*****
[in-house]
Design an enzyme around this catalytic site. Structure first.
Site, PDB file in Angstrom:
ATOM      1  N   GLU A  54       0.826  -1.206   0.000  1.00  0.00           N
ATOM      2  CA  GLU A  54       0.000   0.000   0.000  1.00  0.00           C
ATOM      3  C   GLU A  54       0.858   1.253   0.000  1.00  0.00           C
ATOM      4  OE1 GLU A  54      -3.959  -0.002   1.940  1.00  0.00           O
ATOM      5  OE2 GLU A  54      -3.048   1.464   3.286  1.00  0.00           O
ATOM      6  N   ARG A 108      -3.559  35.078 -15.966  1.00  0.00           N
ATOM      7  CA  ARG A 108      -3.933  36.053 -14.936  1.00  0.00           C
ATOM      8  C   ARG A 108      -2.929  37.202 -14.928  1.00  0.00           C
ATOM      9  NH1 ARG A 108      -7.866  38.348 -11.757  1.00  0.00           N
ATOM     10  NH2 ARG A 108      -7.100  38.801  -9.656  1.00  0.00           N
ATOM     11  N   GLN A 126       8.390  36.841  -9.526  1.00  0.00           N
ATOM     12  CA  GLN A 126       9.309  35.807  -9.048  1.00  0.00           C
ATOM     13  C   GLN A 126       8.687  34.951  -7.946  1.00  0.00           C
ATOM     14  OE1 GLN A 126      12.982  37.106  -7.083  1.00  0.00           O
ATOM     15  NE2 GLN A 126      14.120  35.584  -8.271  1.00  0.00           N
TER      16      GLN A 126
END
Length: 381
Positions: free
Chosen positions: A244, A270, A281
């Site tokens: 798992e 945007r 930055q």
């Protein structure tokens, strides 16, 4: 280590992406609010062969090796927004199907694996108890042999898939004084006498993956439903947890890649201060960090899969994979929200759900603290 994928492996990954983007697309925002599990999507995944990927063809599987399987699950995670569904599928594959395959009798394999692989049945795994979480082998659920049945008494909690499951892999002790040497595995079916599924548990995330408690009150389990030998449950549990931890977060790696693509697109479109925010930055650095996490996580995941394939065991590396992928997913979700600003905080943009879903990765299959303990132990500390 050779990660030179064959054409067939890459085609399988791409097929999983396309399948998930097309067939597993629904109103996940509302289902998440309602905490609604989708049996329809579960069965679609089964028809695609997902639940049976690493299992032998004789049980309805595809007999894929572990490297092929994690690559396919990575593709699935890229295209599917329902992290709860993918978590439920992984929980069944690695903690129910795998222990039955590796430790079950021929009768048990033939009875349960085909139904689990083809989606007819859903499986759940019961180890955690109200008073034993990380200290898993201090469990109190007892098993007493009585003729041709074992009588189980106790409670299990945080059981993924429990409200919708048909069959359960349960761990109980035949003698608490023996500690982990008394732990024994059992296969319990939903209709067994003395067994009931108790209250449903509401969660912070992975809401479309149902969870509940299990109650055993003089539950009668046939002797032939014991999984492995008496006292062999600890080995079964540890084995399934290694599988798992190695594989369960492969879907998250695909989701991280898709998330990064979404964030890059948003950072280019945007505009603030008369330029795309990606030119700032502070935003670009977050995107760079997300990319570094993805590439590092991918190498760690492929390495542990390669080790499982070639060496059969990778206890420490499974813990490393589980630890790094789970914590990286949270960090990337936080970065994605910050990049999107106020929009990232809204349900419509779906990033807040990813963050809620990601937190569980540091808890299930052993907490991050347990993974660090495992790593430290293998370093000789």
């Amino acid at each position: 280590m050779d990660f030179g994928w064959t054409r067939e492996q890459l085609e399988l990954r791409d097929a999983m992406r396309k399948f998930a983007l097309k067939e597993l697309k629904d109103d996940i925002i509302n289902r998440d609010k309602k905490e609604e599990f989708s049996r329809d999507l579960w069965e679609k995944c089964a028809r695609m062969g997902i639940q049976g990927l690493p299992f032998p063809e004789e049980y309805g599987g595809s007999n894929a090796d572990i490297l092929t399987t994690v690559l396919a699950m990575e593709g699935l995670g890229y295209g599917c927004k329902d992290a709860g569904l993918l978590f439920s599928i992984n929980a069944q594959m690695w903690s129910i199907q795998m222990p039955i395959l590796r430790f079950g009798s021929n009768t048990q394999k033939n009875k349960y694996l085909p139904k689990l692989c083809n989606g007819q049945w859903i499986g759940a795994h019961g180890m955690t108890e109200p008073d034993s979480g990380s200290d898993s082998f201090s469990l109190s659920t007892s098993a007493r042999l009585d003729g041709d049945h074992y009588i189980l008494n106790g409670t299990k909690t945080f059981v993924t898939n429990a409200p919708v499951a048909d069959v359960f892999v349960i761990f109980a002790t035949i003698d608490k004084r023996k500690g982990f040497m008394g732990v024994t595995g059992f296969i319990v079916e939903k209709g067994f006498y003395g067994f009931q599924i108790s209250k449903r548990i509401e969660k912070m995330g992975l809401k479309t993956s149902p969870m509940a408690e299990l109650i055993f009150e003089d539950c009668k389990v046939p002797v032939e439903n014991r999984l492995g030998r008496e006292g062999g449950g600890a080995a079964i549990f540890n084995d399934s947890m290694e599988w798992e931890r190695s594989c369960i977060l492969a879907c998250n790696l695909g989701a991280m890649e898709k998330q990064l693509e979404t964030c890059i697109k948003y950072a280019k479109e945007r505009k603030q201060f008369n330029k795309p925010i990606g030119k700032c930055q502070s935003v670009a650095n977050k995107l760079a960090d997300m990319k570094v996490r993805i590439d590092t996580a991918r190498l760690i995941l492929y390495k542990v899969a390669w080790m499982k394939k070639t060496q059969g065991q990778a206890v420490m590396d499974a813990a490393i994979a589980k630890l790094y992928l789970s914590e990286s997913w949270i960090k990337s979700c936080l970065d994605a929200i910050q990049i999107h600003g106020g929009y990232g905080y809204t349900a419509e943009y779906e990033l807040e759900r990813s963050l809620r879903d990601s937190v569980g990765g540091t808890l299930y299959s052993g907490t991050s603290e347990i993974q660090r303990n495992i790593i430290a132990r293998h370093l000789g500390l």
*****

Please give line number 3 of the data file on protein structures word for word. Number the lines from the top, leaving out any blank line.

Site, PDB file in Angstrom: